Slovak Donated S-300 Missile Systems Destroyed Just After Entering Ukraine - Reports

Following reports that Soviet built S-300 surface to air missile systems donated by Slovakia were en route to Ukraine, images emerged showing systems destroyed by Russian air strikes possibly before becoming operational.  Variants of the S-300P series were sold to Czechoslovakia in the 1980s and inherited by Slovakia after the state’s partitioning, with the country’s military inventories comprised primarily of armaments inherited from the Soviet era. 1980s variants of the S-300 have much more limited capabilities than modern models, including engagement ranges of under 100km, while the latest variant in production today S-300V4 variant can engage targets 400km away. The systems have significantly lower mobility and situational awareness, are not designed for defence of large areas, and lack a multi-layered defence capabilities.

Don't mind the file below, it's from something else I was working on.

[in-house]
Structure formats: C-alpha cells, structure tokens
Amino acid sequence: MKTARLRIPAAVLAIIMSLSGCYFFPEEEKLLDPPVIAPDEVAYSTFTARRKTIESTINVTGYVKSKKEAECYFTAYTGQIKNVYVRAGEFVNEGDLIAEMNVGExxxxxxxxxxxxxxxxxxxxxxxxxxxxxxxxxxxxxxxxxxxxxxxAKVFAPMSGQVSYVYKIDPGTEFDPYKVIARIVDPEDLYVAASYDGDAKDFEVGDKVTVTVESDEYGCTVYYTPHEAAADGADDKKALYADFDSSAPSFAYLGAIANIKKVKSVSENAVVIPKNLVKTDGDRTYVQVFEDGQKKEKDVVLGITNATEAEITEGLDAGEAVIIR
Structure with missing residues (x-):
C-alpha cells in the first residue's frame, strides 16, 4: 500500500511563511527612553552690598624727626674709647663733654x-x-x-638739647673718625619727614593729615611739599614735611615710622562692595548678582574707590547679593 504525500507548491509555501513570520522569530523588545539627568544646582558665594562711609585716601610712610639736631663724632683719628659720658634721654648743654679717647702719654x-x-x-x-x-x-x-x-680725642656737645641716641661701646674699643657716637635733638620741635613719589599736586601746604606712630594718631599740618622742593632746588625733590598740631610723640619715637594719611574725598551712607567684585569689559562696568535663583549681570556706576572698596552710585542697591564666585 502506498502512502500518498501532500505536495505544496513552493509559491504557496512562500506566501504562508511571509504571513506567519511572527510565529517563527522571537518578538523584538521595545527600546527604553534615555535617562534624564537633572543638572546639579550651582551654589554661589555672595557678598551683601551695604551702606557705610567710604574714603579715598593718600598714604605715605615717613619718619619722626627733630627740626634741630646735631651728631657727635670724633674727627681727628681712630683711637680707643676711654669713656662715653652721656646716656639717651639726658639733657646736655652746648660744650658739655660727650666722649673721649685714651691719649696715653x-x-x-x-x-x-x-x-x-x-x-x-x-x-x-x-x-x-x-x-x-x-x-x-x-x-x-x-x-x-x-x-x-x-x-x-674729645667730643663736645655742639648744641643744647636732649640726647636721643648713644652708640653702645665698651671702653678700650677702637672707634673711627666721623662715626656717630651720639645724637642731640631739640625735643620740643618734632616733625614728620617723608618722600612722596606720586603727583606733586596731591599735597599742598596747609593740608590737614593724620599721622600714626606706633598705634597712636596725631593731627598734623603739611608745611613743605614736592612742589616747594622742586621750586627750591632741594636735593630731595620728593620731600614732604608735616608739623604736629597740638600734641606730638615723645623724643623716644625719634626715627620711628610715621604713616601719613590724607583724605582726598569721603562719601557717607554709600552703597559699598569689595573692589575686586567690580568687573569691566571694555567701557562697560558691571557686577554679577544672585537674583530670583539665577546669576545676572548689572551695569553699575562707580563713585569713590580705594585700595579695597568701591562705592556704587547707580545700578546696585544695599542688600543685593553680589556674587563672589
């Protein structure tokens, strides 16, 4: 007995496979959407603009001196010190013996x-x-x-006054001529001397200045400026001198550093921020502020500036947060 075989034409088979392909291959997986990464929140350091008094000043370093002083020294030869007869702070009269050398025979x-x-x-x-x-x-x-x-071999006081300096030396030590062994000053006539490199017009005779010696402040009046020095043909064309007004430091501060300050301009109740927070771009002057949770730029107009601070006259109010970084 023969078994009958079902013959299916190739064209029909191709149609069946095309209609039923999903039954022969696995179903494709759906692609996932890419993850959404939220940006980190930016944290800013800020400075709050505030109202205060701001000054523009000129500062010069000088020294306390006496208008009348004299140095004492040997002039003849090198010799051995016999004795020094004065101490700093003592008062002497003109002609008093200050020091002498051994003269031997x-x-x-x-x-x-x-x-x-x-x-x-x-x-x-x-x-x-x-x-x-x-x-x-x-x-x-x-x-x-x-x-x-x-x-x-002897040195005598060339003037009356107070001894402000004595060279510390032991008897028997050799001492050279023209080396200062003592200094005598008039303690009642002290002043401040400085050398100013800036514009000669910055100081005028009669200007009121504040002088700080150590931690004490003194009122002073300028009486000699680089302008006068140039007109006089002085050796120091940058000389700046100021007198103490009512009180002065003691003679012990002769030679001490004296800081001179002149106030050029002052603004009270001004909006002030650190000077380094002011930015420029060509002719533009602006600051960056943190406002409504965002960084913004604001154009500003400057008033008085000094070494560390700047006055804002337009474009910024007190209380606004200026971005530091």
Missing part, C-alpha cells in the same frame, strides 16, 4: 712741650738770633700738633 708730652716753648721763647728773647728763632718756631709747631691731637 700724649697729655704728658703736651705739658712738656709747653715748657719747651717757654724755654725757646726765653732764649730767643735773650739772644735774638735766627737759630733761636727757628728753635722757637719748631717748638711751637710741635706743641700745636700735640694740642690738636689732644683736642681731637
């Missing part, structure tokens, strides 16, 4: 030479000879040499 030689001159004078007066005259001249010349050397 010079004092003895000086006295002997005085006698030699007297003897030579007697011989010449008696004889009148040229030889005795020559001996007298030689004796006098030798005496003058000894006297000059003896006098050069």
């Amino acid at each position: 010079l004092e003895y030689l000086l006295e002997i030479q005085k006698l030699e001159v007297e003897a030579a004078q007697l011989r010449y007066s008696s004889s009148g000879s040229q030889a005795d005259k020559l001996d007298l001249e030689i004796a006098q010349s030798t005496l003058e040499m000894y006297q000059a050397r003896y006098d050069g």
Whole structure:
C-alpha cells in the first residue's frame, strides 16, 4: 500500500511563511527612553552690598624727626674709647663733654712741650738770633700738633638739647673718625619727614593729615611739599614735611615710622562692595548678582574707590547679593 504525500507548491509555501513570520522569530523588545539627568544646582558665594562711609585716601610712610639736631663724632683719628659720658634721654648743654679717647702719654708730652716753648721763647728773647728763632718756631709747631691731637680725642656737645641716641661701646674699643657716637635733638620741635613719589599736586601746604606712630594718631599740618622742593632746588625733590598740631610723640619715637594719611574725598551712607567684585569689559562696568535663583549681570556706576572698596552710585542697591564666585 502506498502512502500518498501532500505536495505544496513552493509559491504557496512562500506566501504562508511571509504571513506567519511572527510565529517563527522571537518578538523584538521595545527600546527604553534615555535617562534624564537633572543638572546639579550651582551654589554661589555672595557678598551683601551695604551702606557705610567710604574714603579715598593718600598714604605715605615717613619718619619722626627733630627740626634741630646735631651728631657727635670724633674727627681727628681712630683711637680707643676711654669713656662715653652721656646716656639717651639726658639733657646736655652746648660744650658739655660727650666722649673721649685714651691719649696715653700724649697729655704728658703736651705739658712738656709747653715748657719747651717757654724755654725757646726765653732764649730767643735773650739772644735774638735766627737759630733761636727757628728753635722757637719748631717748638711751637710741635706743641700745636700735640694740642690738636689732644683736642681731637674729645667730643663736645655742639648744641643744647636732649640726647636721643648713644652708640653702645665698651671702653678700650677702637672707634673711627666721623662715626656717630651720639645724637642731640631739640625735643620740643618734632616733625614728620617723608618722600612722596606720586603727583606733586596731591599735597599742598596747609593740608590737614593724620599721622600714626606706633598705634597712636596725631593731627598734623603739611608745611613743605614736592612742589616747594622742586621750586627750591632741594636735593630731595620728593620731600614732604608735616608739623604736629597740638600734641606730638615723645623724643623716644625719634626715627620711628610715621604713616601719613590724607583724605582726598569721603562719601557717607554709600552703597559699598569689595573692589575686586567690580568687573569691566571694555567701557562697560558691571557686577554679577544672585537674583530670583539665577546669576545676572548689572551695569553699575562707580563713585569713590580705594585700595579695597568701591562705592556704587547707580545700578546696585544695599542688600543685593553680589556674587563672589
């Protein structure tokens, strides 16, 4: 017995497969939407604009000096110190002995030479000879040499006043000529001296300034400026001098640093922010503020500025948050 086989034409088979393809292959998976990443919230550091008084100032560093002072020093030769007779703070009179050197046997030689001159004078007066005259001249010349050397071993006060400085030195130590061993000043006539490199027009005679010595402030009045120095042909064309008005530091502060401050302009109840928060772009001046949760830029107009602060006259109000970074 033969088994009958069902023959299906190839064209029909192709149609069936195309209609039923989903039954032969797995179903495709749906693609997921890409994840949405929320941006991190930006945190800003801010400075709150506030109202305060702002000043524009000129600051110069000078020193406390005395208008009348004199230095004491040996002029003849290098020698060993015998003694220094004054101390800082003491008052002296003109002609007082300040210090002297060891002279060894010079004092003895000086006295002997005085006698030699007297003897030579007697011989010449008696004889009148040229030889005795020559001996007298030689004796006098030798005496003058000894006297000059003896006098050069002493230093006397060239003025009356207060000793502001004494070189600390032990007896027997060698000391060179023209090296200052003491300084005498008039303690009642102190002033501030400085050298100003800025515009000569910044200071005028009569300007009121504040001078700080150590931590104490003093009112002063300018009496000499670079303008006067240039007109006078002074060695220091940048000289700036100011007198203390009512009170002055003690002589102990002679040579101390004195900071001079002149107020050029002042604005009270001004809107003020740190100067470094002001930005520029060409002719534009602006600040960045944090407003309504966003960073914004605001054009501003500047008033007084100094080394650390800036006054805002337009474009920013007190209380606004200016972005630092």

Despite their age, S-300s deployed by Ukraine have been a priority target of Russia’s air campaign since the beginning of operations on February 24 which have facilitated operations in Ukrainian airspace with relatively low losses. The primary threat to Russian combat jets is considered to come from handheld surface to air missile systems such as the Igla and Stinger, the former which was reportedly responsible for shooting down a Russian Su-34 strike fighter on March 5. Unlike the S-300, these systems do not have radar signatures and can be concealed in infantry formations, although they are much more restricted in the range and altitude and easier to evade with manoeuvres or countermeasures. The destruction of S-300s comes as Moscow has again reiterated that Western armaments entering Ukraine will be considered a legitimate targets. Western combatants volunteering to fight against Russian forces have also been extensively targeted and taken considerable casualties to Russian missile strikes.



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